EVs Are Great, Just Don't Buy The Battery
After one year of ownership we would expect EV residual values to be above the segment average expressed in terms of pound values. But, if the battery is owned rather than leased, and lacks the appropriate extended warranty, the value of the typical EV will then fall dramatically until the vehicle is five years old, at which point the car will have a trade value little more than 10 per cent of the list price
So says Andy Carroll, managing director of the British car-buying bible, Glass’s Guide. He tells BusinessCar that Nissan and other firms launching EVs in Britain should take out the battery cost and lease it to customers with minimum monthly performance clauses. This, he says, would dispel concerns, drive sales, and transform the resale picture. It’s also what Project Better Place is doing, albeit in a complete regional package with battery-swap stations and charging infrastructure.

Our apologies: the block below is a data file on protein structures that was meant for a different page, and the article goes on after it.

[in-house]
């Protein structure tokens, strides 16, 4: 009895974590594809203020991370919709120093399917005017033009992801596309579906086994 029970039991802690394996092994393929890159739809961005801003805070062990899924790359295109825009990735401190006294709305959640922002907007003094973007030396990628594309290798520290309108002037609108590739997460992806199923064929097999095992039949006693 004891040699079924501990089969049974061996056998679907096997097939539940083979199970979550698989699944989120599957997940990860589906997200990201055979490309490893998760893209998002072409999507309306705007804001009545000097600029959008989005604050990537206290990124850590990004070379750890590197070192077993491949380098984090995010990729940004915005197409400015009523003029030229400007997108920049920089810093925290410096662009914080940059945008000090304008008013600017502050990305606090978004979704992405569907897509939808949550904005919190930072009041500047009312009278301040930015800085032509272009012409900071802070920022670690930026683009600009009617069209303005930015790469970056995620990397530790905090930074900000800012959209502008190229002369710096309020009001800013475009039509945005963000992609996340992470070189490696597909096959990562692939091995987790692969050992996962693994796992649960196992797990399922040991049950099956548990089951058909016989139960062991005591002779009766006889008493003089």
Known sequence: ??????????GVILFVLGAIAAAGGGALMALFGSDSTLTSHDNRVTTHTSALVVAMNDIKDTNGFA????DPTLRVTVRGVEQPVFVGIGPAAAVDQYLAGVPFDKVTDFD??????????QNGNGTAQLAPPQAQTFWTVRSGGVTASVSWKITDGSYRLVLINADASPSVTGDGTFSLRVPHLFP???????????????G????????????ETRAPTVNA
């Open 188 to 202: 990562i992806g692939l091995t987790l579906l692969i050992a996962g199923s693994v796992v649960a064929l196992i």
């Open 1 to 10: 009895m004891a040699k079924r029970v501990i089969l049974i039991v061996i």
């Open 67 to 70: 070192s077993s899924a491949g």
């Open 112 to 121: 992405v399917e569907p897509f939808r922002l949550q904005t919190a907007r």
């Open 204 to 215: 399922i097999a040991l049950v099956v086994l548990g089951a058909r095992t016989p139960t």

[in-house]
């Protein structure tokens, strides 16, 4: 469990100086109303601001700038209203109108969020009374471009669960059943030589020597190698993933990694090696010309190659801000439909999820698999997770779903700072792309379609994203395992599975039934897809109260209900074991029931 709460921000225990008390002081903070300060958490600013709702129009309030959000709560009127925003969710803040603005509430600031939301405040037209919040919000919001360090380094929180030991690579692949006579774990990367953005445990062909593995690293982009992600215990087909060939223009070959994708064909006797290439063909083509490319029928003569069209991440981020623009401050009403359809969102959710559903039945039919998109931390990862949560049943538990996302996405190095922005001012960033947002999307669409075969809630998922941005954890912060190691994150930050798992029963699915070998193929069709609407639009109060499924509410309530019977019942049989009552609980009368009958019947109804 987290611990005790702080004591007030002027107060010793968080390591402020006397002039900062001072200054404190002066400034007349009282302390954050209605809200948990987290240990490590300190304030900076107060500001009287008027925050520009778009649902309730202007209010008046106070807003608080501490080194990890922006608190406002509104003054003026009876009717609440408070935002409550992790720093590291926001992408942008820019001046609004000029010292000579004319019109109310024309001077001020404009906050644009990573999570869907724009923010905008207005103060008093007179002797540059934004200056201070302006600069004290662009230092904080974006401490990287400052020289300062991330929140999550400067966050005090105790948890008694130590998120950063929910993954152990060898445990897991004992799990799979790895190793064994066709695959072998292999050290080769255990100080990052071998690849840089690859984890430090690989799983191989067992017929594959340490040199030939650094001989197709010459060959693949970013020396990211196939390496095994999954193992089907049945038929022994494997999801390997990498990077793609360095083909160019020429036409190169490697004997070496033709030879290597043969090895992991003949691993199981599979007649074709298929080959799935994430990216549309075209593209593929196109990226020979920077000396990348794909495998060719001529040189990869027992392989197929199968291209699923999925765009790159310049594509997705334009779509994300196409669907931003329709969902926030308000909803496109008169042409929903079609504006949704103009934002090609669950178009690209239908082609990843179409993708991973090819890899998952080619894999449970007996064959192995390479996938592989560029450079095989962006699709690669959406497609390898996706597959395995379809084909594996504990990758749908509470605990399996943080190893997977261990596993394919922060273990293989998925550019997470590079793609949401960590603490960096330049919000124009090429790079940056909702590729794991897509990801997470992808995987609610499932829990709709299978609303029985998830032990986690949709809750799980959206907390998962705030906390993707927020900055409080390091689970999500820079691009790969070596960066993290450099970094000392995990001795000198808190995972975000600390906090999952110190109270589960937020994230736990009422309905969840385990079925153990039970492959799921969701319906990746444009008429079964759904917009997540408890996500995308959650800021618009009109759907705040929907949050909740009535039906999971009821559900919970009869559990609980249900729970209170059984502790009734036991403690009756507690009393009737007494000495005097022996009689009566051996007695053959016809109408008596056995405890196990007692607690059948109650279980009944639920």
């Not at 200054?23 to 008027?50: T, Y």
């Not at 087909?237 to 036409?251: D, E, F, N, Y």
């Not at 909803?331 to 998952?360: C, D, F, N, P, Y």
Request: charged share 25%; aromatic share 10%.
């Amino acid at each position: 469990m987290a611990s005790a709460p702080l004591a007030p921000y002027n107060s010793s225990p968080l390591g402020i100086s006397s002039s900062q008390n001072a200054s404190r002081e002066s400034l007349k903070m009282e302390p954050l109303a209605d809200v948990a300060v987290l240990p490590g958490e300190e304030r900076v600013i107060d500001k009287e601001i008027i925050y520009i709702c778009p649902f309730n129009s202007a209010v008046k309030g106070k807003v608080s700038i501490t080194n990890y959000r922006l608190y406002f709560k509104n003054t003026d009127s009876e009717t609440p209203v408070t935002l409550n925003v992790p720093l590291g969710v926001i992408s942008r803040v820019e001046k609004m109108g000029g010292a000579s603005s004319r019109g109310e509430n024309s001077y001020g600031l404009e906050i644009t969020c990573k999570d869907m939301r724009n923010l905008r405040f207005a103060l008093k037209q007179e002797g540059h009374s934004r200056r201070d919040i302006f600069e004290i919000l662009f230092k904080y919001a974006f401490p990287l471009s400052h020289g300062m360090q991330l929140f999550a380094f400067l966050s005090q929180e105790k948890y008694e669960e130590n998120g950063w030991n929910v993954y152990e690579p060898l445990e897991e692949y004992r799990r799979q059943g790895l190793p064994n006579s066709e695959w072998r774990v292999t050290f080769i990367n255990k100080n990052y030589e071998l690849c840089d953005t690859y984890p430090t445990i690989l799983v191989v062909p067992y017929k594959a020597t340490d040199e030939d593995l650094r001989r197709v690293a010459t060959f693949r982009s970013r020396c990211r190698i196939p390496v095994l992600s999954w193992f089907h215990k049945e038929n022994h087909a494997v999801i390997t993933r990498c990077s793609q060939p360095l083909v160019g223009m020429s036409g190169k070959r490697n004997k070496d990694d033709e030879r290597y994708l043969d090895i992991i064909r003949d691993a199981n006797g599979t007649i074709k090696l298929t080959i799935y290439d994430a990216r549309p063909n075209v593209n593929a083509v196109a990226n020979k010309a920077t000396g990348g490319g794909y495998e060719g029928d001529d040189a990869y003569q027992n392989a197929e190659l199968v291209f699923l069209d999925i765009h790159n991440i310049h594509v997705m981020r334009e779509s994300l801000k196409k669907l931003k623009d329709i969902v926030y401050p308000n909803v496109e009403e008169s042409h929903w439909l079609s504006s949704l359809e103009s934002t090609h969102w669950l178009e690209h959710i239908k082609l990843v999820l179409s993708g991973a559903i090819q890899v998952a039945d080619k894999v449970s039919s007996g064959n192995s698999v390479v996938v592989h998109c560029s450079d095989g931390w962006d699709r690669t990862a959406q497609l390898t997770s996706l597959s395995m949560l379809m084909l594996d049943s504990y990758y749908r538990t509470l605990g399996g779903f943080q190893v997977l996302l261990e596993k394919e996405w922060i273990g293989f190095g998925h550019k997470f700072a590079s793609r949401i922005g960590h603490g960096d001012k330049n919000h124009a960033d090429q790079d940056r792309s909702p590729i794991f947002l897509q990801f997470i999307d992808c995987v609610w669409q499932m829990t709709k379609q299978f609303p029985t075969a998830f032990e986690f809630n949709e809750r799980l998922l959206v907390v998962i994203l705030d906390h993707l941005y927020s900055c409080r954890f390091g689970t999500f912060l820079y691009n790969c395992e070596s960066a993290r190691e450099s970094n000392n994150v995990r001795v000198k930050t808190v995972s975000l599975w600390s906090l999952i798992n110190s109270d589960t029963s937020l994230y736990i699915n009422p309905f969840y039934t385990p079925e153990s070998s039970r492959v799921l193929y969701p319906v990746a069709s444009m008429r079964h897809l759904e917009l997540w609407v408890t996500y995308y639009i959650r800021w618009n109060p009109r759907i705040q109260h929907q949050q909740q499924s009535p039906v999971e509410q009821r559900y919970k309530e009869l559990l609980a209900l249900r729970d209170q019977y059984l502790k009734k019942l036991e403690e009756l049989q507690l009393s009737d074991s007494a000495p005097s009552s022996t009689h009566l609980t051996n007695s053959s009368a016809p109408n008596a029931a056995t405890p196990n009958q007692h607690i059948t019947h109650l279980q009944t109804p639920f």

OEMs should take notice: almost everyone has had a bunk battery in a cell phone or laptop at one point or another. And losing performance or range in a car is a lot different than having to plug in your phone every 12 hours. Besides, BMW got 450 people to pay $850 per month for MINI E “test” leases (and yes, their range went down in the cold). When the earlier adopters will pay enough each month to lease a CRV, Odyssey, Insight and Fit only for an electric MINI with less room (sorry mate, need room for the batteries), why not keep leasing? The luxury market runs on leases, why wouldn’t the EV market?